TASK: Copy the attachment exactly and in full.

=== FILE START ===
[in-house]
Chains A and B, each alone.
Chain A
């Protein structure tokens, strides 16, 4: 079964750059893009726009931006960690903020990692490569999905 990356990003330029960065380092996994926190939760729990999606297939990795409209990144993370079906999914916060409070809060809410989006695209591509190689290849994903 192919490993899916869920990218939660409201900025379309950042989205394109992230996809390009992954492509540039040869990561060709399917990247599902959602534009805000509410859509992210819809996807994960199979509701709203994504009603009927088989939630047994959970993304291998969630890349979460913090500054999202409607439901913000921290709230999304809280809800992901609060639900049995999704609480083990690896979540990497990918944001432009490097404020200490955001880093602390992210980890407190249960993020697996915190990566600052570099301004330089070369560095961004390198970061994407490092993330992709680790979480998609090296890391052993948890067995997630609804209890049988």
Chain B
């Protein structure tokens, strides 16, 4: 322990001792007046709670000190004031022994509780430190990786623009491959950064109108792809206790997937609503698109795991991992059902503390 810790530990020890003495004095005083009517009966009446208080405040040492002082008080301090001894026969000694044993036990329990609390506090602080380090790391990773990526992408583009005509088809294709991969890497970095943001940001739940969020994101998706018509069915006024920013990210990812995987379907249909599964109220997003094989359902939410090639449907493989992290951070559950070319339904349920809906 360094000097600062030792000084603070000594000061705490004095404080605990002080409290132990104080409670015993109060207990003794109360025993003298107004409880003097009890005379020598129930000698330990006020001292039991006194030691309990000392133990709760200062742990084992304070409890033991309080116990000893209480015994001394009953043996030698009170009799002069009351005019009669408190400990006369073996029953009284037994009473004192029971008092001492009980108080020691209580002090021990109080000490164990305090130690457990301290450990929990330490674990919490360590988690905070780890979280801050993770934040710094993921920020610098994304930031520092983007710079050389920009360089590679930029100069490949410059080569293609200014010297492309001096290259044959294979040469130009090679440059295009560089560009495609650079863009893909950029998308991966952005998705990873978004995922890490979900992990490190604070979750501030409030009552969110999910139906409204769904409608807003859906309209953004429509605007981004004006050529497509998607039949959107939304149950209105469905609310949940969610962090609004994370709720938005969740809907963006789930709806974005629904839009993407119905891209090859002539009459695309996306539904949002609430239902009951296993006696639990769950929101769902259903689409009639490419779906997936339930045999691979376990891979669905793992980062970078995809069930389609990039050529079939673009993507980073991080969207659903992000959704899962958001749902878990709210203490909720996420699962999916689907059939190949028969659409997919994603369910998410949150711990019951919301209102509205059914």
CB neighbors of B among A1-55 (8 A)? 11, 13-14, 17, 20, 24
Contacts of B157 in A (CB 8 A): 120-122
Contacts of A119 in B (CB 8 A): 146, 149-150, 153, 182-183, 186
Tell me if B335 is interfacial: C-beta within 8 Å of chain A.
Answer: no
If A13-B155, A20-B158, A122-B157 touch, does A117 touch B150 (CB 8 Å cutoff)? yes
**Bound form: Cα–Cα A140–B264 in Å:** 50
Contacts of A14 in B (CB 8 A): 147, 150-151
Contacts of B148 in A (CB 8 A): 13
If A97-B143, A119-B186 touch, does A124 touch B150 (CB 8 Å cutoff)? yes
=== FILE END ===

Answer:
[in-house]
Chains A and B, each alone.
Chain A
């Protein structure tokens, strides 16, 4: 079964750059893009726009931006960690903020990692490569999905 990356990003330029960065380092996994926190939760729990999606297939990795409209990144993370079906999914916060409070809060809410989006695209591509190689290849994903 192919490993899916869920990218939660409201900025379309950042989205394109992230996809390009992954492509540039040869990561060709399917990247599902959602534009805000509410859509992210819809996807994960199979509701709203994504009603009927088989939630047994959970993304291998969630890349979460913090500054999202409607439901913000921290709230999304809280809800992901609060639900049995999704609480083990690896979540990497990918944001432009490097404020200490955001880093602390992210980890407190249960993020697996915190990566600052570099301004330089070369560095961004390198970061994407490092993330992709680790979480998609090296890391052993948890067995997630609804209890049988």
Chain B
């Protein structure tokens, strides 16, 4: 322990001792007046709670000190004031022994509780430190990786623009491959950064109108792809206790997937609503698109795991991992059902503390 810790530990020890003495004095005083009517009966009446208080405040040492002082008080301090001894026969000694044993036990329990609390506090602080380090790391990773990526992408583009005509088809294709991969890497970095943001940001739940969020994101998706018509069915006024920013990210990812995987379907249909599964109220997003094989359902939410090639449907493989992290951070559950070319339904349920809906 360094000097600062030792000084603070000594000061705490004095404080605990002080409290132990104080409670015993109060207990003794109360025993003298107004409880003097009890005379020598129930000698330990006020001292039991006194030691309990000392133990709760200062742990084992304070409890033991309080116990000893209480015994001394009953043996030698009170009799002069009351005019009669408190400990006369073996029953009284037994009473004192029971008092001492009980108080020691209580002090021990109080000490164990305090130690457990301290450990929990330490674990919490360590988690905070780890979280801050993770934040710094993921920020610098994304930031520092983007710079050389920009360089590679930029100069490949410059080569293609200014010297492309001096290259044959294979040469130009090679440059295009560089560009495609650079863009893909950029998308991966952005998705990873978004995922890490979900992990490190604070979750501030409030009552969110999910139906409204769904409608807003859906309209953004429509605007981004004006050529497509998607039949959107939304149950209105469905609310949940969610962090609004994370709720938005969740809907963006789930709806974005629904839009993407119905891209090859002539009459695309996306539904949002609430239902009951296993006696639990769950929101769902259903689409009639490419779906997936339930045999691979376990891979669905793992980062970078995809069930389609990039050529079939673009993507980073991080969207659903992000959704899962958001749902878990709210203490909720996420699962999916689907059939190949028969659409997919994603369910998410949150711990019951919301209102509205059914």
CB neighbors of B among A1-55 (8 A)? 11, 13-14, 17, 20, 24
Contacts of B157 in A (CB 8 A): 120-122
Contacts of A119 in B (CB 8 A): 146, 149-150, 153, 182-183, 186
Tell me if B335 is interfacial: C-beta within 8 Å of chain A.
Answer: no
If A13-B155, A20-B158, A122-B157 touch, does A117 touch B150 (CB 8 Å cutoff)? yes
**Bound form: Cα–Cα A140–B264 in Å:** 50
Contacts of A14 in B (CB 8 A): 147, 150-151
Contacts of B148 in A (CB 8 A): 13
If A97-B143, A119-B186 touch, does A124 touch B150 (CB 8 Å cutoff)? yes